Attica! Attica! Attica!
Amanda in bliss-world.
In addition to a few very successful health seminars put on by Amanda & me at the ol' homestead, we've been continually plugging away at our latrine project, having almost reached our goal of 50. Community latrine coverage now stands at around 40%, a happy and distant cry from the 4% that we encountered upon arrival in 2006. Every latrine, built by and sweated for by each family that has one, takes several people out of the "crapping in the woods/streams" equation that so spoils the areas potable water supply. This alone makes our jobs here worthwhile.
This is our first foray into adding video clips to our blog, so sorry that it's facing sideways. I believe that an updated version of Quicktime is needed, but I'm really not too sure on that. Anyway, this is a shot of a young girl who comes and stays with the family every now and then named Hoga Montezuma. Our host father, Felix, offered here 5 cents to dance for the family which she did. Let's hope she's not still dancing for money 20 years from now.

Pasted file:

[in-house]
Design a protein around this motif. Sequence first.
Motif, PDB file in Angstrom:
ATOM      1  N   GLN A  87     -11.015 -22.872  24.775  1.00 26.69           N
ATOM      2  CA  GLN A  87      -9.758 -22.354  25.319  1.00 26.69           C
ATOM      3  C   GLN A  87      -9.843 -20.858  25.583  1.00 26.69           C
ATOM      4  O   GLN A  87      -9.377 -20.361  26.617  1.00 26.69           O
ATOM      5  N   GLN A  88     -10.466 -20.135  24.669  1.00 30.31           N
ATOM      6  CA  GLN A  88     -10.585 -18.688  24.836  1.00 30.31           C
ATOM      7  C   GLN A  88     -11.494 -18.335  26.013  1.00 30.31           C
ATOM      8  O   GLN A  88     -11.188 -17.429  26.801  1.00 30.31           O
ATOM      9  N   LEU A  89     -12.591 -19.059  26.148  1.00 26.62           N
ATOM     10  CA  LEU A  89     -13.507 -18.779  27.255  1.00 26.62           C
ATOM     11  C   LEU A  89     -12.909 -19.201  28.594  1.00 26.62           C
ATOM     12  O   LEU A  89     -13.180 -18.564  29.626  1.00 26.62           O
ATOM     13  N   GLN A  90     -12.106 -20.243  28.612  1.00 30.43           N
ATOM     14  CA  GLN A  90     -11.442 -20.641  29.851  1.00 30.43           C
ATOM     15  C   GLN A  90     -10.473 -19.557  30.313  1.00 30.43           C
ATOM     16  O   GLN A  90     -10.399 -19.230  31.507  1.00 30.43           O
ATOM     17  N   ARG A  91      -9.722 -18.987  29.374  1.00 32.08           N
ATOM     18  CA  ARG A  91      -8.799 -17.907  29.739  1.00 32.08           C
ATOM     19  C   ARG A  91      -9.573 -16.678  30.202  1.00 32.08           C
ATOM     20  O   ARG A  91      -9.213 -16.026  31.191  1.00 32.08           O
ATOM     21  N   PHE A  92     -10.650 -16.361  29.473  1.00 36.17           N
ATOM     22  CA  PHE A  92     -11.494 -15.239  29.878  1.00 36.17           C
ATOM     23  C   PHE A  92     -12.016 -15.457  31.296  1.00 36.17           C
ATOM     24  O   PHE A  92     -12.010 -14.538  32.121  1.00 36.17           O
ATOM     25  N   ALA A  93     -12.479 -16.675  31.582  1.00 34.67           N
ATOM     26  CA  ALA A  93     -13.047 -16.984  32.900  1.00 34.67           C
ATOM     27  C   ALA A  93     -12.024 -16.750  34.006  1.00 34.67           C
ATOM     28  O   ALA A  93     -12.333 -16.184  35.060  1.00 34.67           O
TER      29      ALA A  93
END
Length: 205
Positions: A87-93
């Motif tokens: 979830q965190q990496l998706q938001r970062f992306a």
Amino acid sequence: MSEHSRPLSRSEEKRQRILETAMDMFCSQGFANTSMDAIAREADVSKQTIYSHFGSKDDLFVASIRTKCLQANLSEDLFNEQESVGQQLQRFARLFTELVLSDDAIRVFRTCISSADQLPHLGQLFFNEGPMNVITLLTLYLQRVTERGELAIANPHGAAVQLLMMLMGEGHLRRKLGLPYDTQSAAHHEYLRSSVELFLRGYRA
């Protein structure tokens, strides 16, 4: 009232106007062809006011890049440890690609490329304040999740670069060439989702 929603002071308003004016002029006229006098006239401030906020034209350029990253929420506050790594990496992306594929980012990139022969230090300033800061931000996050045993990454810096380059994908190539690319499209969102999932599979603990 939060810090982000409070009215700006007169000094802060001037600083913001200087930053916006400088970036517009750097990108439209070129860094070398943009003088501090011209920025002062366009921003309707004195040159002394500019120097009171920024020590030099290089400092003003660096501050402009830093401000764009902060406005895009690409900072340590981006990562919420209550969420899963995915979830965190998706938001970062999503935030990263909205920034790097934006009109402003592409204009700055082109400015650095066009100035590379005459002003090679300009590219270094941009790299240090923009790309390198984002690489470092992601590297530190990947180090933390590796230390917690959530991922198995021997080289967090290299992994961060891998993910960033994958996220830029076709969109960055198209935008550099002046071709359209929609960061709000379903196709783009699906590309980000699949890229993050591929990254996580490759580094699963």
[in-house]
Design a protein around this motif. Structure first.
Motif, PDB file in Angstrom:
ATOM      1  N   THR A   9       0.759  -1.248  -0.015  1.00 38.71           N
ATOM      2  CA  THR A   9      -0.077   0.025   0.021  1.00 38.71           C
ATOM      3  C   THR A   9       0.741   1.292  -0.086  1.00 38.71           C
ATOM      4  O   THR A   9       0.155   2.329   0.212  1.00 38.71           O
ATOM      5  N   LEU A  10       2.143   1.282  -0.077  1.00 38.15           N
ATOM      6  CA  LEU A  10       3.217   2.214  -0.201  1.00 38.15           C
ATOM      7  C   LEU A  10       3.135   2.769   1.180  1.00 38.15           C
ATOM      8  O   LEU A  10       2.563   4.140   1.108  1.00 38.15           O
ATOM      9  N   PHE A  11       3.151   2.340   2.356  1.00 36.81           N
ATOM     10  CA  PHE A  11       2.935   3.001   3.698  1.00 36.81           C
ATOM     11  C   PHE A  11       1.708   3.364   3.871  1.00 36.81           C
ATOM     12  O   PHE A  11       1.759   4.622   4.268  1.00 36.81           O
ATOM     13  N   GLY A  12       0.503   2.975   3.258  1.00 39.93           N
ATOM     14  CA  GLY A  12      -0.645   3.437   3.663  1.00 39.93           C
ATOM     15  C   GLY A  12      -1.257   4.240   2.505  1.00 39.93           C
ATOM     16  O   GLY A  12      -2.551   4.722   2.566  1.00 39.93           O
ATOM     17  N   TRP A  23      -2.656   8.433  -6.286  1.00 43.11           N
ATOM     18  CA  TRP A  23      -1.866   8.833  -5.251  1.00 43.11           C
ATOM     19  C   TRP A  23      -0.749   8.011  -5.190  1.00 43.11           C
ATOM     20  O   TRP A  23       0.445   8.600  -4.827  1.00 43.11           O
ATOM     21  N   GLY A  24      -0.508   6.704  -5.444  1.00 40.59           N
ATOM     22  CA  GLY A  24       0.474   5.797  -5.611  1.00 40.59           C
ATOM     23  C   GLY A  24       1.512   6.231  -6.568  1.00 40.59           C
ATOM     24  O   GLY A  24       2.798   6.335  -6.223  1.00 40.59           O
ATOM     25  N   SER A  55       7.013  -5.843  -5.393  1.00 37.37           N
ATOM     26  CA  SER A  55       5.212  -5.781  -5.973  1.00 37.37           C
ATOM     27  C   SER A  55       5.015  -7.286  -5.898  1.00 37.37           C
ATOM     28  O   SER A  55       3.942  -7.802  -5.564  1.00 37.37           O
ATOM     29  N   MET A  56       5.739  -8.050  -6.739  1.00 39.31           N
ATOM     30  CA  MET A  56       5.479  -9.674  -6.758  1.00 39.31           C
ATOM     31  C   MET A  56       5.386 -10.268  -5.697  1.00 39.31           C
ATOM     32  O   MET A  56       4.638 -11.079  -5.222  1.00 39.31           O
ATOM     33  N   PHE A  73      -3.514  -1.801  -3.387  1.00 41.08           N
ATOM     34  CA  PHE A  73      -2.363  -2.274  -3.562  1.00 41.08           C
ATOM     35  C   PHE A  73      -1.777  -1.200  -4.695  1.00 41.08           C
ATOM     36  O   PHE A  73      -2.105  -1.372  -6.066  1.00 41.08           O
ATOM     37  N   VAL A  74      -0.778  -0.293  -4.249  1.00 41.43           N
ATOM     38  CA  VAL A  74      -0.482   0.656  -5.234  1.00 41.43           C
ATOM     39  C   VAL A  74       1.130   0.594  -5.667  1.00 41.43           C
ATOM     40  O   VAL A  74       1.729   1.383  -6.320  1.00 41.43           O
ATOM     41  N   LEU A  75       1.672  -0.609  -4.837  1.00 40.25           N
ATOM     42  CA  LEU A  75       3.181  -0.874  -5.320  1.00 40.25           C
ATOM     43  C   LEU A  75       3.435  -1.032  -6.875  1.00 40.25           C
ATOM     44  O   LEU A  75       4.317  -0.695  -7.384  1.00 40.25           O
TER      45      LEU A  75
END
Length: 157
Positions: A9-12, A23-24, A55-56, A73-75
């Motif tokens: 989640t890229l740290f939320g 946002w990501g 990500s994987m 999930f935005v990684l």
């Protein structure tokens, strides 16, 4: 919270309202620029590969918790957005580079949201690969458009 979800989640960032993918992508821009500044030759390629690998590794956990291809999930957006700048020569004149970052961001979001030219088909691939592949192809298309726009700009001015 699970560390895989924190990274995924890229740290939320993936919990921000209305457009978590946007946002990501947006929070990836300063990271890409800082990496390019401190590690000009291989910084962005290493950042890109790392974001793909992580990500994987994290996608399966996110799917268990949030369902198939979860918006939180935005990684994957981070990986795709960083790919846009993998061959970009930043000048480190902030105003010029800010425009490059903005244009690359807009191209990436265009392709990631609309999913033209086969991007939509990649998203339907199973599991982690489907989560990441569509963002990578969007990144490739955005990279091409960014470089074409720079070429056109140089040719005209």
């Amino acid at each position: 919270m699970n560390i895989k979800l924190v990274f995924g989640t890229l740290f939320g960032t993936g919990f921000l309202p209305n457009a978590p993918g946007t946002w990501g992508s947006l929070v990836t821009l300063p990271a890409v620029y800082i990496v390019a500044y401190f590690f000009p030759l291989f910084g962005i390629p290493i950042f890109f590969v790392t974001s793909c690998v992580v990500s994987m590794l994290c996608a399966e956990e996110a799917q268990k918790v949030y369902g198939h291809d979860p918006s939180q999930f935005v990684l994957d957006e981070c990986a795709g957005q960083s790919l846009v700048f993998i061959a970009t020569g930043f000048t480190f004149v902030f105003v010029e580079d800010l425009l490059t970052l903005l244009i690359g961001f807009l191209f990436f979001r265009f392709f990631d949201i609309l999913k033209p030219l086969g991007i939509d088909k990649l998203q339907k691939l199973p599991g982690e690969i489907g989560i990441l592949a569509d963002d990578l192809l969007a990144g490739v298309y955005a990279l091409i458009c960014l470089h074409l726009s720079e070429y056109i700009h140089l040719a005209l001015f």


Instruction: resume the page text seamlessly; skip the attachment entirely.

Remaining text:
After enjoying ourselves immensely up in Cerro Punta, we headed to our site in Cerro Brisa for a day of "rustic" living.
March was a whirlwind, and a much-appreciated one at that. During the month we built several more latrines, organized and held a kid's health fair, and enjoyed a spectacular visit by my Dad and step-mom, Alice. While their visit only lasted four days before they flew off to see Catie in Guatemala, we had a wonderful time hanging out with them in Panama's highland jungles after so much time apart.
After we said goodbye and dropped Mike off at the airport, Amanda and I took the 7 hour bus ride back to Cerro Brisa and immediately started planning for Amanda's latest initiative, "Kid's Day."
Well, we had a wonderful time in California hanging out with Amanda's (and now my) friends and family. But we DID eventually return to Panama and here's what we've been up to the past few weeks.